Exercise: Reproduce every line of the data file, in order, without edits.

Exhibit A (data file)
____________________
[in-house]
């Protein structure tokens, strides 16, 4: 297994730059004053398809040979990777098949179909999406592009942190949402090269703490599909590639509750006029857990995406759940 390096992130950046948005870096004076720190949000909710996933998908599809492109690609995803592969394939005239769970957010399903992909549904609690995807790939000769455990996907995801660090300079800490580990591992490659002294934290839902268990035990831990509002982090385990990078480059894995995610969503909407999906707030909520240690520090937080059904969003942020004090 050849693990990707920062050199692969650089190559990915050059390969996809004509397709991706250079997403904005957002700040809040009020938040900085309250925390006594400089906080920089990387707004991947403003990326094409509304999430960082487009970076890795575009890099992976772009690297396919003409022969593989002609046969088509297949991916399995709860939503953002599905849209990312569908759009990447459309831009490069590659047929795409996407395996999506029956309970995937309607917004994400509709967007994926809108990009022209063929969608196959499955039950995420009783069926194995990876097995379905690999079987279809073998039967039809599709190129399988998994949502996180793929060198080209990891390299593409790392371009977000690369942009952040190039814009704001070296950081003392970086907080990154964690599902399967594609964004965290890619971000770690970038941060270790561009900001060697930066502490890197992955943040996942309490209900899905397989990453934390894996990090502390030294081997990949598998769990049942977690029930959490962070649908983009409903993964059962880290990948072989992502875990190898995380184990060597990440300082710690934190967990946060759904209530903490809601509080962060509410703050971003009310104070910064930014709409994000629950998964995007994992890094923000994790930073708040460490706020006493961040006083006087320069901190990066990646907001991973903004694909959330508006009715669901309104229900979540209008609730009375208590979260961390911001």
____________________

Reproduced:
[in-house]
């Protein structure tokens, strides 16, 4: 297994730059004053398809040979990777098949179909999406592009942190949402090269703490599909590639509750006029857990995406759940 390096992130950046948005870096004076720190949000909710996933998908599809492109690609995803592969394939005239769970957010399903992909549904609690995807790939000769455990996907995801660090300079800490580990591992490659002294934290839902268990035990831990509002982090385990990078480059894995995610969503909407999906707030909520240690520090937080059904969003942020004090 050849693990990707920062050199692969650089190559990915050059390969996809004509397709991706250079997403904005957002700040809040009020938040900085309250925390006594400089906080920089990387707004991947403003990326094409509304999430960082487009970076890795575009890099992976772009690297396919003409022969593989002609046969088509297949991916399995709860939503953002599905849209990312569908759009990447459309831009490069590659047929795409996407395996999506029956309970995937309607917004994400509709967007994926809108990009022209063929969608196959499955039950995420009783069926194995990876097995379905690999079987279809073998039967039809599709190129399988998994949502996180793929060198080209990891390299593409790392371009977000690369942009952040190039814009704001070296950081003392970086907080990154964690599902399967594609964004965290890619971000770690970038941060270790561009900001060697930066502490890197992955943040996942309490209900899905397989990453934390894996990090502390030294081997990949598998769990049942977690029930959490962070649908983009409903993964059962880290990948072989992502875990190898995380184990060597990440300082710690934190967990946060759904209530903490809601509080962060509410703050971003009310104070910064930014709409994000629950998964995007994992890094923000994790930073708040460490706020006493961040006083006087320069901190990066990646907001991973903004694909959330508006009715669901309104229900979540209008609730009375208590979260961390911001």